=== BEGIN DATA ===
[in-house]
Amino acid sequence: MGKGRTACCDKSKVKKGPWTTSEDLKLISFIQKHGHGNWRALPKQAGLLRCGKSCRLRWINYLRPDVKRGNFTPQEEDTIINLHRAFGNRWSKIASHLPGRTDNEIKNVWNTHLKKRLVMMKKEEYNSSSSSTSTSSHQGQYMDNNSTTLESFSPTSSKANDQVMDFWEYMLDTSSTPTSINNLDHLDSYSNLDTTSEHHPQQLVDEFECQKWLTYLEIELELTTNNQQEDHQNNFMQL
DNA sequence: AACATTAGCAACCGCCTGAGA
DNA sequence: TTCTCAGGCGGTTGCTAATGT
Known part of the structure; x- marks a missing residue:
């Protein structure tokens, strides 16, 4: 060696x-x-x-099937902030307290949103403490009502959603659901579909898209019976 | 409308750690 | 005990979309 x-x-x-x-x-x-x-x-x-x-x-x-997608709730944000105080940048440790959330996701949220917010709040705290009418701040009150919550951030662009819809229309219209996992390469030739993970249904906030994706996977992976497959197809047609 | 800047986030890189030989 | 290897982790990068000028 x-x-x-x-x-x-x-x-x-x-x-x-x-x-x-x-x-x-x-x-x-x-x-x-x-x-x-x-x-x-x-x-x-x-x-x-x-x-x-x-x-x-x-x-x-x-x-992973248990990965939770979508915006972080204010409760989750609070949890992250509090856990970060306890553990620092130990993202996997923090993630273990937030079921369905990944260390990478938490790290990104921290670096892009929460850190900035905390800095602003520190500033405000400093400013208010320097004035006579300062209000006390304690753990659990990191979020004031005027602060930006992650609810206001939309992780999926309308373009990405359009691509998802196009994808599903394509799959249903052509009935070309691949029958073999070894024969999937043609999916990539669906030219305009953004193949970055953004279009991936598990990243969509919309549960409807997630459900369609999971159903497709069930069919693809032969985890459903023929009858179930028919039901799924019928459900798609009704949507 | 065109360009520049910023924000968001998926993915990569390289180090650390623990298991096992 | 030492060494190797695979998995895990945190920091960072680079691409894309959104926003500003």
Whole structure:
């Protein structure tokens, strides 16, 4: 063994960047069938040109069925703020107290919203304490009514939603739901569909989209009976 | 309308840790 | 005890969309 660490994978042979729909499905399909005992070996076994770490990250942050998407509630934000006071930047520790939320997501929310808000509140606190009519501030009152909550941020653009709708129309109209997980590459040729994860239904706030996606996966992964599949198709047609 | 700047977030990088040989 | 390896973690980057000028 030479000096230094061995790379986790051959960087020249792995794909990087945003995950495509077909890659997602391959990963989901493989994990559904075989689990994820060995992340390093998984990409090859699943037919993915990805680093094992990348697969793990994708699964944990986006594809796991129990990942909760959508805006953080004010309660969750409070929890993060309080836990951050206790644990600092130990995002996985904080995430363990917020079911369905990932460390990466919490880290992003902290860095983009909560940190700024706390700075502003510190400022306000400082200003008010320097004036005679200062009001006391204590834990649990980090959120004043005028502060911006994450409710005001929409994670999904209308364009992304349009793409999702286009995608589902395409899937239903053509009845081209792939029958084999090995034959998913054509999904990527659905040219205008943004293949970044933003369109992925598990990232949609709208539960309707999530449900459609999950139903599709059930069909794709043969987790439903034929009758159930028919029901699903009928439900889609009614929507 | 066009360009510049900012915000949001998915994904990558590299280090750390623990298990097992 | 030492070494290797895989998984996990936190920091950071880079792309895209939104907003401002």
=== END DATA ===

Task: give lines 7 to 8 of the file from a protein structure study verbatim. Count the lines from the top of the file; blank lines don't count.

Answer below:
Whole structure:
């Protein structure tokens, strides 16, 4: 063994960047069938040109069925703020107290919203304490009514939603739901569909989209009976 | 309308840790 | 005890969309 660490994978042979729909499905399909005992070996076994770490990250942050998407509630934000006071930047520790939320997501929310808000509140606190009519501030009152909550941020653009709708129309109209997980590459040729994860239904706030996606996966992964599949198709047609 | 700047977030990088040989 | 390896973690980057000028 030479000096230094061995790379986790051959960087020249792995794909990087945003995950495509077909890659997602391959990963989901493989994990559904075989689990994820060995992340390093998984990409090859699943037919993915990805680093094992990348697969793990994708699964944990986006594809796991129990990942909760959508805006953080004010309660969750409070929890993060309080836990951050206790644990600092130990995002996985904080995430363990917020079911369905990932460390990466919490880290992003902290860095983009909560940190700024706390700075502003510190400022306000400082200003008010320097004036005679200062009001006391204590834990649990980090959120004043005028502060911006994450409710005001929409994670999904209308364009992304349009793409999702286009995608589902395409899937239903053509009845081209792939029958084999090995034959998913054509999904990527659905040219205008943004293949970044933003369109992925598990990232949609709208539960309707999530449900459609999950139903599709059930069909794709043969987790439903034929009758159930028919029901699903009928439900889609009614929507 | 066009360009510049900012915000949001998915994904990558590299280090750390623990298990097992 | 030492070494290797895989998984996990936190920091950071880079792309895209939104907003401002």